Batman, dog at heart of cancer research, diesby Lorna Benson, Minnesota Public Radio
St. Paul, Minn. — A dog named Batman, who was successfully treated for aggressive brain cancer, has died. His case at the University of Minnesota helped shed light on treatment of the disease in humans.
Batman, a shepherd mix, is believed to have died from pneumonia brought on by a lengthy recovery from a seizure in January.
In August 2008, University of Minnesota surgeons removed a life-threatening tumor from Batman's brain called a glioma. Usually surgery alone isn't sufficient to cure a glioma, because the tumor sends out tentacles that infiltrate other parts of the brain.
So researchers followed up the procedure with gene therapy and a custom-made anti-cancer vaccine designed to rev up Batman's immune system. They hoped that by treating Batman, they would gain valuable insights into new ways to treat brain tumors in people.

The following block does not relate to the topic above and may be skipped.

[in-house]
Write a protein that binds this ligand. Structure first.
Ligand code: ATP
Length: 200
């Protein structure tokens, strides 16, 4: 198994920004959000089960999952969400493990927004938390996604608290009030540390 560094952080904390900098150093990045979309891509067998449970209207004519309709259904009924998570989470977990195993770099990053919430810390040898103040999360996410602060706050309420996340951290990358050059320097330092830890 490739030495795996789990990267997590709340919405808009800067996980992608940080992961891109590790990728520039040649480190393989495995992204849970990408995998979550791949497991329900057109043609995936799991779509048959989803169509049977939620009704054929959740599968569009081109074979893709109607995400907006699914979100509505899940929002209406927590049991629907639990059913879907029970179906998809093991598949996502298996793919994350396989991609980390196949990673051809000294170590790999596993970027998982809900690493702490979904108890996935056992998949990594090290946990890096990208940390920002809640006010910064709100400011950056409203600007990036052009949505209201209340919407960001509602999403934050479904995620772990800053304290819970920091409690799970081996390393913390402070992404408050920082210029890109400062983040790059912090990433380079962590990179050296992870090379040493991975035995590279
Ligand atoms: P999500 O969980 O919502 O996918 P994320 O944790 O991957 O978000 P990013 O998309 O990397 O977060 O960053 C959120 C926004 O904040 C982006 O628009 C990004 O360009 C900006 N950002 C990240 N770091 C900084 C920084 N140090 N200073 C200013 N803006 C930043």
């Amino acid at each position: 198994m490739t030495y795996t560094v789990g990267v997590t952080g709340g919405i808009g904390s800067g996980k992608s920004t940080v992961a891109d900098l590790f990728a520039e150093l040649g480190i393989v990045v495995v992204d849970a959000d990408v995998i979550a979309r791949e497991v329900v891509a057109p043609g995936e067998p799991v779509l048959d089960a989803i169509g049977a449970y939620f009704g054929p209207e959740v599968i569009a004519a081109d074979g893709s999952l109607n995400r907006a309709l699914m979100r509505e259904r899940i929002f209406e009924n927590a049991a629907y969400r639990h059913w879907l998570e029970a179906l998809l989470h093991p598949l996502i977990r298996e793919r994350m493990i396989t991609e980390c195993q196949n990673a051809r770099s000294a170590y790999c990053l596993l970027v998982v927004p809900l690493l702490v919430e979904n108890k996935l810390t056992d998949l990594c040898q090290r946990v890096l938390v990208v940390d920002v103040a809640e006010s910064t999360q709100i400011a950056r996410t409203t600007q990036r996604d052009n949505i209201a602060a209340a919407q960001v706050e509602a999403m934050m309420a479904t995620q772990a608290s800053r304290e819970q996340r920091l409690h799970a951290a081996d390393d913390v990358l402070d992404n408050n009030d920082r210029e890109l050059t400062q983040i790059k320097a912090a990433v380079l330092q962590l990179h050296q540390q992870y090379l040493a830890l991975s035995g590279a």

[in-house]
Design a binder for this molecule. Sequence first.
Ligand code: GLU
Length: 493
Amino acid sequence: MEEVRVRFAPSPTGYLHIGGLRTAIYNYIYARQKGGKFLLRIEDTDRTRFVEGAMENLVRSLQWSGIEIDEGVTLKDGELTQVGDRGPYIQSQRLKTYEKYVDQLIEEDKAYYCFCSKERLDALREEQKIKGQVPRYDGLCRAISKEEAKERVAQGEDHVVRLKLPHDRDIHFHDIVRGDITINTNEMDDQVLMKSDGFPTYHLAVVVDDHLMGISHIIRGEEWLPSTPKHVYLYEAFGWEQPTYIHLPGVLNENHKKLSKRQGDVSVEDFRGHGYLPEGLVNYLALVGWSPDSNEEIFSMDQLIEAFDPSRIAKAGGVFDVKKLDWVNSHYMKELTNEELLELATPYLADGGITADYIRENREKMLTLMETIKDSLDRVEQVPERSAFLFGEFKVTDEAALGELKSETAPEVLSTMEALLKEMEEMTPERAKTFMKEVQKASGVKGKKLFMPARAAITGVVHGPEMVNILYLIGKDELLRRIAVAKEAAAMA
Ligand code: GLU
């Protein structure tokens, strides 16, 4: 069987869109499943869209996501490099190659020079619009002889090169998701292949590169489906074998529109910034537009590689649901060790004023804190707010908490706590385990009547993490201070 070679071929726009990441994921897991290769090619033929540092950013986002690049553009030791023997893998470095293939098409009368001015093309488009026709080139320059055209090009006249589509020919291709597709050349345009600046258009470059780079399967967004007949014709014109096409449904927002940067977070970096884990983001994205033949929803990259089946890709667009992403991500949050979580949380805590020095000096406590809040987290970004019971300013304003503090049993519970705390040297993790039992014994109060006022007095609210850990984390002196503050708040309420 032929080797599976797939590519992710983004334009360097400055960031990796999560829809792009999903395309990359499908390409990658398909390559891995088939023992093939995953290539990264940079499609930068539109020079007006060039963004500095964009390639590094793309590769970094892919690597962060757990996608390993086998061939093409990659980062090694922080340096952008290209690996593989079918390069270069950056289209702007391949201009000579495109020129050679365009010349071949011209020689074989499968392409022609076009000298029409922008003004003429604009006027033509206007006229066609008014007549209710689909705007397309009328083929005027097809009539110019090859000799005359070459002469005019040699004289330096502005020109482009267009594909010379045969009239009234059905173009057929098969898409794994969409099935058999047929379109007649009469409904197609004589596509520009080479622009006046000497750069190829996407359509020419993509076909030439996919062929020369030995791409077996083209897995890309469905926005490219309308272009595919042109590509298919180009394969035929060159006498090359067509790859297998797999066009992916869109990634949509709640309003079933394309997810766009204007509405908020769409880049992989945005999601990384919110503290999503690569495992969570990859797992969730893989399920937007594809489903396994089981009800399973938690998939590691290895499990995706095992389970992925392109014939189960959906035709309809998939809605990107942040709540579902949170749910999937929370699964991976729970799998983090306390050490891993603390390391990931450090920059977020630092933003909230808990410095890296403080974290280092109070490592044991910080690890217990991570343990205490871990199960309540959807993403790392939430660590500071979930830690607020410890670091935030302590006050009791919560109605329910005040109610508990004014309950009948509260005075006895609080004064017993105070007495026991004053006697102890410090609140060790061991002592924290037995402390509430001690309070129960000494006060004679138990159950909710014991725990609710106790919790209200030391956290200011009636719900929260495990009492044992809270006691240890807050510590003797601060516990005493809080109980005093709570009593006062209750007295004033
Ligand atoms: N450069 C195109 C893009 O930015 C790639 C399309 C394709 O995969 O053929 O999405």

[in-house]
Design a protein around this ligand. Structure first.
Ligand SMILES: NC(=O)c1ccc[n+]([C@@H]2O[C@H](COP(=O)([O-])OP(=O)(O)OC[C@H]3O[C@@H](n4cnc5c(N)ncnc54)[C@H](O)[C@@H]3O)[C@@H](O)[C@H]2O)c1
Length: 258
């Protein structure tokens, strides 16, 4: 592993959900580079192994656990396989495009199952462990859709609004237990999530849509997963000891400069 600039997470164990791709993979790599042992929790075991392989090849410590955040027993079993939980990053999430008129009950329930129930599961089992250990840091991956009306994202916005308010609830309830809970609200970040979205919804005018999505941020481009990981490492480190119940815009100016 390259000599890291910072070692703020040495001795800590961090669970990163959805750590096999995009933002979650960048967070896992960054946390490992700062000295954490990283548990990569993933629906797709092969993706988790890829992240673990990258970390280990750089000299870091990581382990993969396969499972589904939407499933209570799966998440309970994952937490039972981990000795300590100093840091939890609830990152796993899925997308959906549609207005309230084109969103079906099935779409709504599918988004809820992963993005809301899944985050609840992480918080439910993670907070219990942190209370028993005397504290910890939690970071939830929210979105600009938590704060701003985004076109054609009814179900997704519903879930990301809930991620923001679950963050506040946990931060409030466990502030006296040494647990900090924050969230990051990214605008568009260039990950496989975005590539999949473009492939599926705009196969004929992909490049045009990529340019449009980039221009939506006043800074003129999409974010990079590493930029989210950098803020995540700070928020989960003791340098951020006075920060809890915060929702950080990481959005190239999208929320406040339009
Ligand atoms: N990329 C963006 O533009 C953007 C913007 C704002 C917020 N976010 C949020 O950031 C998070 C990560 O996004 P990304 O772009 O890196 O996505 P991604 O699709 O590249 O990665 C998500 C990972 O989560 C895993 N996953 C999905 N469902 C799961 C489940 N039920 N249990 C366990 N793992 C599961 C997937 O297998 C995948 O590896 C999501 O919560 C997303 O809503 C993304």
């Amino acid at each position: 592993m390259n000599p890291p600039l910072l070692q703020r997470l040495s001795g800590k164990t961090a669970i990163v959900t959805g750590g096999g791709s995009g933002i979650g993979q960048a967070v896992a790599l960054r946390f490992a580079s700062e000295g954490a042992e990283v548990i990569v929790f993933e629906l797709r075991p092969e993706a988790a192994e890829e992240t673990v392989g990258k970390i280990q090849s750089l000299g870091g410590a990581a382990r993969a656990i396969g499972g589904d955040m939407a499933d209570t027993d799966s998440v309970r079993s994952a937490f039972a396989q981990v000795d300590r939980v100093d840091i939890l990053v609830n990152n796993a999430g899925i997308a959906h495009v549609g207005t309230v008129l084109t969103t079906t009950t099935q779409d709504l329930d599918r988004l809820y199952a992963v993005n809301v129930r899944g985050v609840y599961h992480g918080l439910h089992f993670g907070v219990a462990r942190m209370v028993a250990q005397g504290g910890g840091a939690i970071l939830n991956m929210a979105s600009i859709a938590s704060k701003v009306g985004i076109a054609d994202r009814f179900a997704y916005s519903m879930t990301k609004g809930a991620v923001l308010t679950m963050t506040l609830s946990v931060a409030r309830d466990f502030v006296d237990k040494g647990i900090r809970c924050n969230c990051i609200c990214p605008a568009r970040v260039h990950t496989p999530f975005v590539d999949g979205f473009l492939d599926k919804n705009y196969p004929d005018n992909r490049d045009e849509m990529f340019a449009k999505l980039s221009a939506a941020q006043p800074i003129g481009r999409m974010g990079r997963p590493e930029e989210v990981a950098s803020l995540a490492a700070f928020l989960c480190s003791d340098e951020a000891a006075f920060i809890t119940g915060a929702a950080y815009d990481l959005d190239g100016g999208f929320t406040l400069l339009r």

U of M researcher John Ohlfest helped create Batman's immune therapies. He said studying the dog yielded valuable information.
"Because of Batman, we developed improved methods to generate tumor cell vaccines and a better understanding of the side effects of this therapy. He was a champion for science, but an inspiration for all dogs and humans alike," said Ohlfest.
Autopsy results on the dog are still pending, but Batman's owners Anna Brailovsky and Eric Baker of Minneapolis say they have learned from the university that their dog's tumor had not returned.
The dog's seizures were a side effect caused by the large size of his original tumor. Brailovsky said Batman experienced about a half dozen severe seizures in the months after his tumor was removed. Until this latest seizure, she said he always recovered completely within a day or two.
Brailovsky has created a Web site in her dog's memory.
"We're very thankful that Batman was able to make an impact outside our family," said Brailovsky. "We're grateful to all the people who were touched by him. And we're hopeful his story will continue to raise awareness about the study he was a part of."